How do you create and sustain a welcoming classroom environment for students of diverse backgrounds and experiences? Have you encountered resistance from some students? In this interactive session we will explore factors that affect classroom climate such as content, tone, stereotypes, and faculty-student interactions. Participants will generate ideas and apply alternative strategies to readily employ in their classroom materials and activities.
CETL Assistant Director of Graduate Student Support
Research clearly shows that the course climate affects student learning, critical thinking, and career preparation. In this interactive session, participants will explore ways to create an "explicitly centralizing" classroom climate, one in which marginalized and multiple perspectives are intentionally integrated into course content and activities. Participants will discuss factors affecting classroom climate such as course content, tone, stereotype threat, and faculty-student interactions, and they will generate alternative strategies to readily employ in their classes.
Executive Director, Professor of Statistics
CETL Assistant Director of Graduate Student Support
This classic book was suggested by participants at the book club on “Whistling Vivaldi” as an ideal follow up. Now the president of Spelman College, Dr. Tatum was trained as a developmental psychologist, specializing in racial identity development. Her insights about how to think about racism and coping strategies for minority students are as relevant as ever. She is also interested in why talking about racism is challenging for all people, and provides strategies for how to engage in those conversations productively. While the two books support each other, Whistling Vivaldi is not a pre-requisite for participation in this book club.
Limited to 15 participants. Each will receive a copy of the book.
Because of their status as an invisible minority, queer students often find it difficult to have their voices heard in the classroom. Drawing on the 7 principles of learning and on social identity theory, we will discuss the impact of the course climate on LGBTQ students and discuss pedagogical strategies that instructors can use to create a safe and respectful learning environment for all students.
The details of the life of Malcolm X have long since calcified into a familiar narrative. However the late scholar Manning Marable’s new biography is the result of two decades of research and forces us to rethink what we know. The book is described as “a stunning achievement, filled with new information and shocking revelations that will re-frame the way we understand his (Malcolm’s) life and work.” Malcolm X: A life of Reinvention will stand as the definitive and controversial work on one of the most iconic figures of the twentieth century. Join us as we examine this colossal contribution of scholarship on one of the most iconic figures of the twentieth century.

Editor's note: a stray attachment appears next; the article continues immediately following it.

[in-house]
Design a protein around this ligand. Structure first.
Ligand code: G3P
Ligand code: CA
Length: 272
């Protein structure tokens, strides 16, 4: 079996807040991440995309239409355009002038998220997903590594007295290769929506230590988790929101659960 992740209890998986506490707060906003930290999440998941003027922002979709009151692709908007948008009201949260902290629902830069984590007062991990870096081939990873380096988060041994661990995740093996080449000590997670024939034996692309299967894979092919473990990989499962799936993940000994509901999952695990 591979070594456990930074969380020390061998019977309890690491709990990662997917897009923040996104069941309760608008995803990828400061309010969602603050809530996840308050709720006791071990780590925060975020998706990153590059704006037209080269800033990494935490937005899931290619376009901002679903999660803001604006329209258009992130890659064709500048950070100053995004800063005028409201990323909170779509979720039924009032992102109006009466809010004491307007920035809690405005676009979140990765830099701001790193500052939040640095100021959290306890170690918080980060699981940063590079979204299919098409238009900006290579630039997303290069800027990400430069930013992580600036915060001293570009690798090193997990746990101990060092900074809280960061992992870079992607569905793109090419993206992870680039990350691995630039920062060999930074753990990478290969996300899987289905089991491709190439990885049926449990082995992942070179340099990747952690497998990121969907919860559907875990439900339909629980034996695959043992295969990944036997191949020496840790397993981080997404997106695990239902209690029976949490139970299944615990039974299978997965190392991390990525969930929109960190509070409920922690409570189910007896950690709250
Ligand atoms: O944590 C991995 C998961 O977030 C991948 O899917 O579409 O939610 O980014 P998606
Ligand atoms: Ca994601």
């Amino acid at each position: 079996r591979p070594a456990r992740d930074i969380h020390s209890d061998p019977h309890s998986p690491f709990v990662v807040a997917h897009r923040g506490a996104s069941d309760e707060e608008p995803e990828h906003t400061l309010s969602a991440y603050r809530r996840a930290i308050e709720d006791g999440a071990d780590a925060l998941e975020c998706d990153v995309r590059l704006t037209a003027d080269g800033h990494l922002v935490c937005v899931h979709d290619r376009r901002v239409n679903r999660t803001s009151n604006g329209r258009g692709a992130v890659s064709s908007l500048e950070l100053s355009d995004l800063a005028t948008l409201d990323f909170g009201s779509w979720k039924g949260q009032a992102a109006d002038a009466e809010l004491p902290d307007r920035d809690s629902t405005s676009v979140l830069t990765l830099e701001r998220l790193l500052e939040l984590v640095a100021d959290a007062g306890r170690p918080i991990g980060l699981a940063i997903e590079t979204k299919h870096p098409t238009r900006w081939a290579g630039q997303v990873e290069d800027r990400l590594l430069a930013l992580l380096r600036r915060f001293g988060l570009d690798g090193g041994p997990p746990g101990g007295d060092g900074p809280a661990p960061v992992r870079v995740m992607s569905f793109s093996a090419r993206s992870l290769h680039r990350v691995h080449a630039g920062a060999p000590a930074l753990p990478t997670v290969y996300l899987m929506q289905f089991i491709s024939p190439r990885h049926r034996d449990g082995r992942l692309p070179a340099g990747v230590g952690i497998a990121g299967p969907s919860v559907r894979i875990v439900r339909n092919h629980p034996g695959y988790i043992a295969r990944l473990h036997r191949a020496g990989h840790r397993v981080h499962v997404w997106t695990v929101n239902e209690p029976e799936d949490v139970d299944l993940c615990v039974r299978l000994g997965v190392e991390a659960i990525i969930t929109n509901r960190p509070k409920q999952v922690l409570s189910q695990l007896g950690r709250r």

How race is lived in “real” life is how race is lived in cyberspace is a commonly held hypothesis. Join us as we examine this supposition via an examination of the book text titled Race in Cyberspace, Kolka, B, Nakamura, L, & Rodman, G. (Ed.). Topics to be examined will include the role language plays in the construction of racialized online identities; offline representations of cyberspace as a racially coded environment; and the impact technology and education has on race equity. Register now to ensure your participation in what will be a dynamic book club event. A copy of this compelling book will be forwarded to you once registration is completed. Quantities are limited to the first 14 registered. Each person shall receive a copy of each publication through campus mail. In the event that registered participants are not able to attend, we ask you return your book to CETL MB# 5400
This roundtable will examine how to best secure an effective classroom environment and enhance university curricula values by exploring some diversity myths. Several faculty and staff with expertise in various areas of diversity pedagogy will present the myths connected to their areas of concern and expertise. More importantly, the panelists will present measures/solutions to best address these myths within and outside the classroom.
Thirty years ago Pink Floyd’s Another Brick in the Wall exclaimed “we don’t need no education,” Hip Hop’s prevailing attitudes about higher education echoes a similar sentiment. Considering more than 85% of millennial students self-identify as active participants in hip hop culture, examining the convergence and divergence between hip hop culture and higher education may be a pivotal in understanding the millennial generation. Join the “serious fun” as we examine hip hop historiography, anti-intellectualism, and higher education.
Engaging teaching cannot adequately be achieved without diversity as a core value. Yet, the tendency is to continue to make assumption about methodology, theory, and practiced in the classroom to meet diversity goals. The research on diversity clearly validates the ideal that learning and teaching diversity in the classroom enhances social development, increases student knowledge of others, prepare students to engage in a global society, and promotes creativity and self-awareness, among other things. Thus this workshop will address: * seminal theories and scholarship connected to teaching diverse populations
* the do's and don'ts of classroom management
* cross-cultural communication and the classroom, and
* best practices (what works and why)
Please join us to hear and share the best approaches to achieve Goal 6 of KSU's Strategic Plan.